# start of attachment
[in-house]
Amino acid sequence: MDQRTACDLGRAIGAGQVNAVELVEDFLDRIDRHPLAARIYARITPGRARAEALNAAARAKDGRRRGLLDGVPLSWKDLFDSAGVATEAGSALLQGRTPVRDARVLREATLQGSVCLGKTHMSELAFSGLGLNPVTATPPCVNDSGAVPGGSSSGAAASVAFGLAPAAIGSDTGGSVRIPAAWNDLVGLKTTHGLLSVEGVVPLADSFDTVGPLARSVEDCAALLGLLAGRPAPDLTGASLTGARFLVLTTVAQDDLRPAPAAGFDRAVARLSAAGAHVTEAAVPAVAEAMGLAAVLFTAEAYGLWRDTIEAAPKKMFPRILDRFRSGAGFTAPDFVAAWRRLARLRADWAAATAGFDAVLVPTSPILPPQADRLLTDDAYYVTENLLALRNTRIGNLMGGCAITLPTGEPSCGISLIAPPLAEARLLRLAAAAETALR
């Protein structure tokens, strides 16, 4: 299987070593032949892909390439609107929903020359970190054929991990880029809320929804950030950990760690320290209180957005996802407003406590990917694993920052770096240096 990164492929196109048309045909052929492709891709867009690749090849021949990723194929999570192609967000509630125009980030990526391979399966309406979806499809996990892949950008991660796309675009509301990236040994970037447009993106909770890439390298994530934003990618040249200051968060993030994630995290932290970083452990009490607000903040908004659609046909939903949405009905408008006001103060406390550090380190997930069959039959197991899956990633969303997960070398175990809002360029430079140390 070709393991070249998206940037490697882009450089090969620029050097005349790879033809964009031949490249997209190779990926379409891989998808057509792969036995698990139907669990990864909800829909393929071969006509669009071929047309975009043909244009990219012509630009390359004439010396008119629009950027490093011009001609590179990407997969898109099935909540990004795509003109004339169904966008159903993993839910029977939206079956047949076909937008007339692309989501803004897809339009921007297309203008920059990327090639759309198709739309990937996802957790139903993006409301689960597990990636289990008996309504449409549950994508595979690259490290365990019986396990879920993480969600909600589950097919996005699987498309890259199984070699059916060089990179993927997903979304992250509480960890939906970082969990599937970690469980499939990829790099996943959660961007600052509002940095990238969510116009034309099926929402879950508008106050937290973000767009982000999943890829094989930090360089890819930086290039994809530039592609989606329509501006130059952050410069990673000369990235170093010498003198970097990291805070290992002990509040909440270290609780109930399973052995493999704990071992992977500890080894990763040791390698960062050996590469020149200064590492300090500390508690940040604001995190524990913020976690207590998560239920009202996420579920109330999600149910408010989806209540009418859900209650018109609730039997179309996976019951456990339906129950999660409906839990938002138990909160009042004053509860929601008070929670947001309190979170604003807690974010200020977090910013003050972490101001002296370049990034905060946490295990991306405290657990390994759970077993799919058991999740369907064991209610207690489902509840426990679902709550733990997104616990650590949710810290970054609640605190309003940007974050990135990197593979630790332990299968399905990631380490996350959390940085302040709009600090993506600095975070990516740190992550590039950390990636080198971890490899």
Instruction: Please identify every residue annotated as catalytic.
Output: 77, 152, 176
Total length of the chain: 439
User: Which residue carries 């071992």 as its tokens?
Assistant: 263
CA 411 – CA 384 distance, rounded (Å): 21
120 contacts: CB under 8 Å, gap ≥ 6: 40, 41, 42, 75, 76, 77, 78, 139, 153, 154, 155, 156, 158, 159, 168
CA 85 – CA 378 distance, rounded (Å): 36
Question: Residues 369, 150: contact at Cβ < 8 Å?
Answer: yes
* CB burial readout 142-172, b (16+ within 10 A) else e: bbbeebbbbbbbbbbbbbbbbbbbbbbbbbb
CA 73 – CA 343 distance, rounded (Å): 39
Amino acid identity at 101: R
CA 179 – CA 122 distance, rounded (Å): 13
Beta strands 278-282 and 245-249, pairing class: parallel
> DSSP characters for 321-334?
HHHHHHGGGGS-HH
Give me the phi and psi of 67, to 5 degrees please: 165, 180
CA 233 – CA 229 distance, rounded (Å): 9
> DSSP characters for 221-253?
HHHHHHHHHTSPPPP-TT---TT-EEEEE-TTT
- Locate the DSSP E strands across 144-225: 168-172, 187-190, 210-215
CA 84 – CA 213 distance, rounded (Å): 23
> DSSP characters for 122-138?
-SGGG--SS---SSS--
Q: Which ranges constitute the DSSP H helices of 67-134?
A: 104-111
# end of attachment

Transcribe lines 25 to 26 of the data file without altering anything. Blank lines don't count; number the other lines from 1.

- Locate the DSSP E strands across 144-225: 168-172, 187-190, 210-215
CA 84 – CA 213 distance, rounded (Å): 23